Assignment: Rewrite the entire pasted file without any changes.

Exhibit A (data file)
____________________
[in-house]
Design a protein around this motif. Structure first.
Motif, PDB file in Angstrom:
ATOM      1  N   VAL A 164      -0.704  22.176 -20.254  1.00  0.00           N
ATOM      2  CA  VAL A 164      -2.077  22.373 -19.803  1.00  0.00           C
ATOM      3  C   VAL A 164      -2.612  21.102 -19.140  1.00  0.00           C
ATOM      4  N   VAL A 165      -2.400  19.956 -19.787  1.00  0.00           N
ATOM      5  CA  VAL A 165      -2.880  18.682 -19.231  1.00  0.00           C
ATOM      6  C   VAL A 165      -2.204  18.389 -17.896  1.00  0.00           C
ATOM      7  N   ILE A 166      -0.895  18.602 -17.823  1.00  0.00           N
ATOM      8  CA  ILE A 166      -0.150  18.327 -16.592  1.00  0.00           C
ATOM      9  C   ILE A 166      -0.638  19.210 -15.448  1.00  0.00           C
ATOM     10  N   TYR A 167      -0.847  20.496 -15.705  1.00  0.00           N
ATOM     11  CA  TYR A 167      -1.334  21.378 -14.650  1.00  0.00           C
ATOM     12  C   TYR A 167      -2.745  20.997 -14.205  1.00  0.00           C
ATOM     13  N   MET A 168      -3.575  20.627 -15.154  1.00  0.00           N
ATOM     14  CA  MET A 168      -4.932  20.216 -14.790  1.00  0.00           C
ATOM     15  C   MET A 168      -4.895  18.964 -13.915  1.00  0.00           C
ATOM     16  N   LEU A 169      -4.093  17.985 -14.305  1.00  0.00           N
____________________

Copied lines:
[in-house]
Design a protein around this motif. Structure first.
Motif, PDB file in Angstrom:
ATOM      1  N   VAL A 164      -0.704  22.176 -20.254  1.00  0.00           N
ATOM      2  CA  VAL A 164      -2.077  22.373 -19.803  1.00  0.00           C
ATOM      3  C   VAL A 164      -2.612  21.102 -19.140  1.00  0.00           C
ATOM      4  N   VAL A 165      -2.400  19.956 -19.787  1.00  0.00           N
ATOM      5  CA  VAL A 165      -2.880  18.682 -19.231  1.00  0.00           C
ATOM      6  C   VAL A 165      -2.204  18.389 -17.896  1.00  0.00           C
ATOM      7  N   ILE A 166      -0.895  18.602 -17.823  1.00  0.00           N
ATOM      8  CA  ILE A 166      -0.150  18.327 -16.592  1.00  0.00           C
ATOM      9  C   ILE A 166      -0.638  19.210 -15.448  1.00  0.00           C
ATOM     10  N   TYR A 167      -0.847  20.496 -15.705  1.00  0.00           N
ATOM     11  CA  TYR A 167      -1.334  21.378 -14.650  1.00  0.00           C
ATOM     12  C   TYR A 167      -2.745  20.997 -14.205  1.00  0.00           C
ATOM     13  N   MET A 168      -3.575  20.627 -15.154  1.00  0.00           N
ATOM     14  CA  MET A 168      -4.932  20.216 -14.790  1.00  0.00           C
ATOM     15  C   MET A 168      -4.895  18.964 -13.915  1.00  0.00           C
ATOM     16  N   LEU A 169      -4.093  17.985 -14.305  1.00  0.00           N